At the Ock Pop Tok Living
Crafts Centre in Ban Saylom, Laos, a young weaver from the Katu tribe slid a spool
of bright purple thread back and forth through a huge and creaking wooden loom. In the sticky heat of the afternoon, an interpreter talked
us through the endangered weaving techniques that the young woman and her
family have practiced for centuries. Beyond the colourful textiles, a group of artisans prepared spicy fish laap (marinated raw fish with salad) and the gentle click-click of
geckos calling to each other echoed throughout the thatched huts.
While the techniques have not changed much over the years, the
traditional textile scene found in the villages just outside 700-year-old Luang Prabang is slowly
shifting. Hotel developers face fewer Unesco restrictions on the outskirts of
the city – where the Katu tribe practices their craft – than they do in the
centre of Luang Prabang, and the rapid development of large resorts is posing a
real risk to both the weavers and the city at large. Known for being both a
slow-paced centre of Laotian textile design and the jewel in the country’s
tourism crown, if Luang Prabang’s character changes, its magnetism could
quickly fade too.
Since opening its doors to international travellers
in 1989, Laos has been steadily attracting visitors with its tribal regions and
temple-studded hills. But in 2012 the country saw a significant spike, with the
Ministry of Tourism reporting 3.3 million international visits, up 22% from
2011. Cheaper flights from neighbouring Asian countries and economical hotel
stays have helped tourism become Laos’ fastest growing industry, and two developments
may push visitor numbers even higher.
The first – a long-term advancement – is the 421km Chinese-Lao
railway which, with 76 tunnels and 152 bridges connecting
the capital Vientiane to the Chinese border, is bound to alter the
country irrevocably after its projected completion date of 2015. Already Laos
welcomed nearly 200,000 Chinese visitors in 2012, 32% more than in 2011. Meanwhile,
several new Thai-Lao bridges over the Mekong River have eased overland travel
for Thais, who make up 58% of foreign visitors to Laos.
The second factor is Luang Prabang’s newly
refurbished airport, which re-opened in June
2013 with larger runways for larger aircrafts, allowing more passengers to fly
in every day.
while increasing visitor numbers are good for tourism in general, the increased
demand is jeopardising Laos’ famous artisanal
During the Tang dynasty, the people of Laos
(then part of the Nong Sae Kingdom) were visited by Chinese merchants who admired
the smooth silk fabric they created. Aware that their weaving was something to
be appreciated, the Lao did not write down the stories of their history over
the years. Instead, they wove it, with brightly coloured fabrics decorated in
unique designs inspired by Lao legends.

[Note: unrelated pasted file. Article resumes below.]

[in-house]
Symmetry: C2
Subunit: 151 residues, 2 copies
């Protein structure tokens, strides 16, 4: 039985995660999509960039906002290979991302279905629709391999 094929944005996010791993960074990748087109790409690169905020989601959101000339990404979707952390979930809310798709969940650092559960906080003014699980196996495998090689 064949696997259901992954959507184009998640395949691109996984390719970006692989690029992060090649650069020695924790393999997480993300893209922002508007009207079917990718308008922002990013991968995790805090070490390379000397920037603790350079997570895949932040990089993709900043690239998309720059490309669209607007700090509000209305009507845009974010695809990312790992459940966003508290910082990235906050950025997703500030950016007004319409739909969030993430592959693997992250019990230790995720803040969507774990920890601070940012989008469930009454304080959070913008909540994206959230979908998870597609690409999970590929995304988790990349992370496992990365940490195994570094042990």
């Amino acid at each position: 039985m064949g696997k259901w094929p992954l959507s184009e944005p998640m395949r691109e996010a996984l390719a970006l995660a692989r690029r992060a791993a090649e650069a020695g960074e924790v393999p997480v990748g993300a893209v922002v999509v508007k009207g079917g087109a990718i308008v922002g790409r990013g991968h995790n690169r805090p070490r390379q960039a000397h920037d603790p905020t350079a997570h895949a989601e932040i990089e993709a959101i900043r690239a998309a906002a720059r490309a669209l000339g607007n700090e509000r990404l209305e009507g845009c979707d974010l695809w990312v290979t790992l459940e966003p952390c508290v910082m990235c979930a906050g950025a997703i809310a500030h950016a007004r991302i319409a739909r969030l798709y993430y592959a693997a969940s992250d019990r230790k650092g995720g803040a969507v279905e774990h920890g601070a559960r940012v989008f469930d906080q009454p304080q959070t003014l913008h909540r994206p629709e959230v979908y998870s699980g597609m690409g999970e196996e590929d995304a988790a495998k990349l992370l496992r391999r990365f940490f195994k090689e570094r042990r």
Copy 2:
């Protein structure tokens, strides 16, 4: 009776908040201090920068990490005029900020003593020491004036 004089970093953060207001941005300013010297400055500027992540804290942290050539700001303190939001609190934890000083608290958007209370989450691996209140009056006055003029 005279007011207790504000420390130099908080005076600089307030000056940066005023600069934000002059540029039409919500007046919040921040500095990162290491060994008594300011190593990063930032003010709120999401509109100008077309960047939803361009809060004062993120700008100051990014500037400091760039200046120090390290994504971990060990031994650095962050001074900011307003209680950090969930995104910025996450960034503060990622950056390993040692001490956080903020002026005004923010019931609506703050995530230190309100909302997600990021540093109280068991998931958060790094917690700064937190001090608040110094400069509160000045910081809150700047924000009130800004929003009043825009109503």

updated versions of traditional Laotian textile design – with variations on
colour and design to suit modern-day trends – are for sale at the night market
that runs along Th Sisavangvong from the Royal Palace Museum to Th Kitsarat. The market is one of Luang Prabang’s biggest
tourist lures (each night, hoards of western shoppers browse piles of bags,
slippers and toys), but to keep up with increased numbers of shoppers, cheaper fake
copies are flooding the market. Vietnamese or Thai silk is rougher and glossier
than Laotian silk, and the threads on the back of a counterfeit textile are
often not tied off properly, meaning the fabric may unravel more easily.
In an effort to counteract these copies, several
local companies have started their own textile collectives, hoping to preserve
their longstanding traditions by showcasing and selling genuine items.
The Ock Pop Tok (which means “East meets West” in Lao) initiative
provides livelihoods for hundreds of artisans in and around Luang Prabang. A team
of designers assists the artisans, showing them how to make a better living from
their skills, and the shop is one of the best places in Luang Prabang for
handmade textiles such as ikat scarves and
Hmong tribe batik fabric. Traditional
textiles made by the Lao-Tai group are also on sale, featuring horizontal
stripes or animal motifs such as elephants. These patterns can be found on bags
and skirts, while particularly precious versions are sometimes used as a dowry
for a groom’s family.
Also doing good work is Passa Paa, a British-Lao cultural design collective
run by Heather Smith, Veomanee Douangdala and Joanna Smith. The trio experiments
with pattern, techniques and product design, drawing inspiration from ethnic
groups found within Laos. The scarves and bags on sale offer a taste of Laotian
design, but with a modern twist that Western travellers can wear at home.
“The story behind the product is so important
in today’s world,” said Smith. The key is “to educate the buying population
about the work that goes into each piece and the fact that these skills have
been passed down through the generations”.
The contrast between the mass-market textiles found at
the night market and the appeal of traditional methods is further highlighted at
Luang Prabang’s non-profit Fibre to
Here, exhibitions document the production and cultural significance of textiles
from around Laos. One example, a black and red Hmong batik skirt, had taken around
six months to make by hand. With such sheer craftsmanship and unique, complex artistry
on display, it is easy to see what makes Lao textiles so special – and so